Bloxham School Welcomes Paul Mbugua
On Monday, Bloxham School was delighted to welcome Paul Mbugua, Headmaster of the Woodard schools-aided Woodard Langalanga Secondary School in Kenya.
Paul Mbugua visited Bloxham as part of his trip to the UK - visiting a number of Woodard schools and attending the January Woodard Schools Heads' Conference. Prior to visiting Bloxham, Mr Mbugua had already enjoyed tours of Ardingly College and Lancing College, other members of the Woodard Schools corporation. During his visit, Mr Mbugua led a fascinating assembly for Bloxham staff and students, describing what school life was like for children back in Kenya, and explaining how his school has grown and evolved since its launch back in 2012. As well as leading the assembly, Mr Mbugua met staff members and school Prefects and also taught a couple of classes. He was delighted by the enthusiasm of the students to participate during lessons and was impressed by what he saw as the Bloxham education teaching its students to become "leaders of the future".
Mr Mbugua's visit to the UK follows Bloxham's Gerard Moate's own trip to Kenya during the October half term, during which he spent some time at the school in Langalanga and learned a lot about the school and got to know its staff and students.
Mr Mbugua has been a Headteacher at the Woodard Langalanga Secondary School in Kenya for the past three years, as well as being an English teacher. The school was founded by the Kariandusi School Trust and it took two years and the support of schools across the Woodard corporation to raise the £250,000 required to build and equip the school. The school was finally opened back in January 2012. Despite being a school of over 400 students, the government is only able to provide enough money to support six teachers, whilst the other six teachers are paid for by the parents. Mr Mbugua explained that often the parents of his students have to go without food in order to be able to send their children to school and, as such, the school guarantees to provide the child with a main meal during the school day. Shockingly, only 50% of children in Kenya are able to go on to a secondary education (which begins at age 14), and only 10% of that number go on to receive a degree from university. All Kenyan children who do attend school are obliged to study three languages, the national language, their mother tongue and English. Education is seen as the make-or-break of a family in Kenya because, if a child is able to receive a good education, they can go on to a strong career and be able to support the rest of their family. Such is the pressure on these children to achieve good grades that armed guards are present during national examinations, ensuring that bribery and corruption doesn't exist. As some Woodard schools have already done, In the future, it is hoped that more will sponsor a number of scholarships, enabling some children to attend school who wouldn't otherwise be able to do so.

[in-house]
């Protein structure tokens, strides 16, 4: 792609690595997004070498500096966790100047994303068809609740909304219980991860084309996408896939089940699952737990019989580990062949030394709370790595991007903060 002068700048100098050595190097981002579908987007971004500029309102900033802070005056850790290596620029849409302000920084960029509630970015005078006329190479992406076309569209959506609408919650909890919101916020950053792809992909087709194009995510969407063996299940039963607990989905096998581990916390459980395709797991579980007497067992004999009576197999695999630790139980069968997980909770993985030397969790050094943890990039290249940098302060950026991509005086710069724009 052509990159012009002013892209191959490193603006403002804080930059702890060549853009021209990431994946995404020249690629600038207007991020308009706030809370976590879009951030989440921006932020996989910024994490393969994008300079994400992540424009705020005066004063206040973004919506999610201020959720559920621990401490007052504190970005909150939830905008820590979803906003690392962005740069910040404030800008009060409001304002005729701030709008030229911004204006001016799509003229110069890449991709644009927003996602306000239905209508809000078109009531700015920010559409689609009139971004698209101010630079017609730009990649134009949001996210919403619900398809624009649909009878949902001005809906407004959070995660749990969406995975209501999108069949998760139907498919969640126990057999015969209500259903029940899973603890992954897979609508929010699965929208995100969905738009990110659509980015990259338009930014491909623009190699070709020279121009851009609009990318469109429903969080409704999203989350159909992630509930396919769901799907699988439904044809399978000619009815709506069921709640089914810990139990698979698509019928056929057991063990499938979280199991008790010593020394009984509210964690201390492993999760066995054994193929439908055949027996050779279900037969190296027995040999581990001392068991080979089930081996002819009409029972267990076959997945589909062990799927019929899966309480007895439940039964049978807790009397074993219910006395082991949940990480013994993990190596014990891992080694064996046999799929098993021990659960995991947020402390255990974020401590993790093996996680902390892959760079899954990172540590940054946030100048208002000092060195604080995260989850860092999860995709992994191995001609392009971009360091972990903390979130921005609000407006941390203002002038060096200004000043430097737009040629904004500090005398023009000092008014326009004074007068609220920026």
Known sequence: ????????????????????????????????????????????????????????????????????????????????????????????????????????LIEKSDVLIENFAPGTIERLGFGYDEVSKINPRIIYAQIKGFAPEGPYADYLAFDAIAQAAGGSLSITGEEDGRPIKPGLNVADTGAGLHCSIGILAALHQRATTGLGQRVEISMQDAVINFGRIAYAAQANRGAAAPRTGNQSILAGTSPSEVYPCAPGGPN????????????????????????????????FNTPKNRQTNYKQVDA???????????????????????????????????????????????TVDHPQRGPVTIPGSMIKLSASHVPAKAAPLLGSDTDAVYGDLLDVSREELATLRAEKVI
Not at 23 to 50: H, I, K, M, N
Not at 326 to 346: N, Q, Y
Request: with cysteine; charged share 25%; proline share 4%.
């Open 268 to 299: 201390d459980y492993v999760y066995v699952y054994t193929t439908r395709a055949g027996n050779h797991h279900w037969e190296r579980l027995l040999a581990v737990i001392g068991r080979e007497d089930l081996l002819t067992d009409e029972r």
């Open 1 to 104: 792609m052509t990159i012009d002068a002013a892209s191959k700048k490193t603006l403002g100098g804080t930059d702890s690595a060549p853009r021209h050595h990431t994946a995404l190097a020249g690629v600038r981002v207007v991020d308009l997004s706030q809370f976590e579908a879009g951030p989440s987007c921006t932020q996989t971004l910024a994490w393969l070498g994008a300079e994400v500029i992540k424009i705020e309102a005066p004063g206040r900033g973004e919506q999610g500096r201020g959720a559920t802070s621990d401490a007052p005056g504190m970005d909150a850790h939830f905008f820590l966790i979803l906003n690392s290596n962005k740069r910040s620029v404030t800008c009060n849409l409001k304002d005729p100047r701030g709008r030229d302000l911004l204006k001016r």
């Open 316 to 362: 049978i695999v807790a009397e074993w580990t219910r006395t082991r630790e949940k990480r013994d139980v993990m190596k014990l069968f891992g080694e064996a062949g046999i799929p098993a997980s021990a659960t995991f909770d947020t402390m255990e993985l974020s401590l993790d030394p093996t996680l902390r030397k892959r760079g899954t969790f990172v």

To learn more about the Woodard Langalanga Secondary School and the Kariandusi School Trust, visit their website here.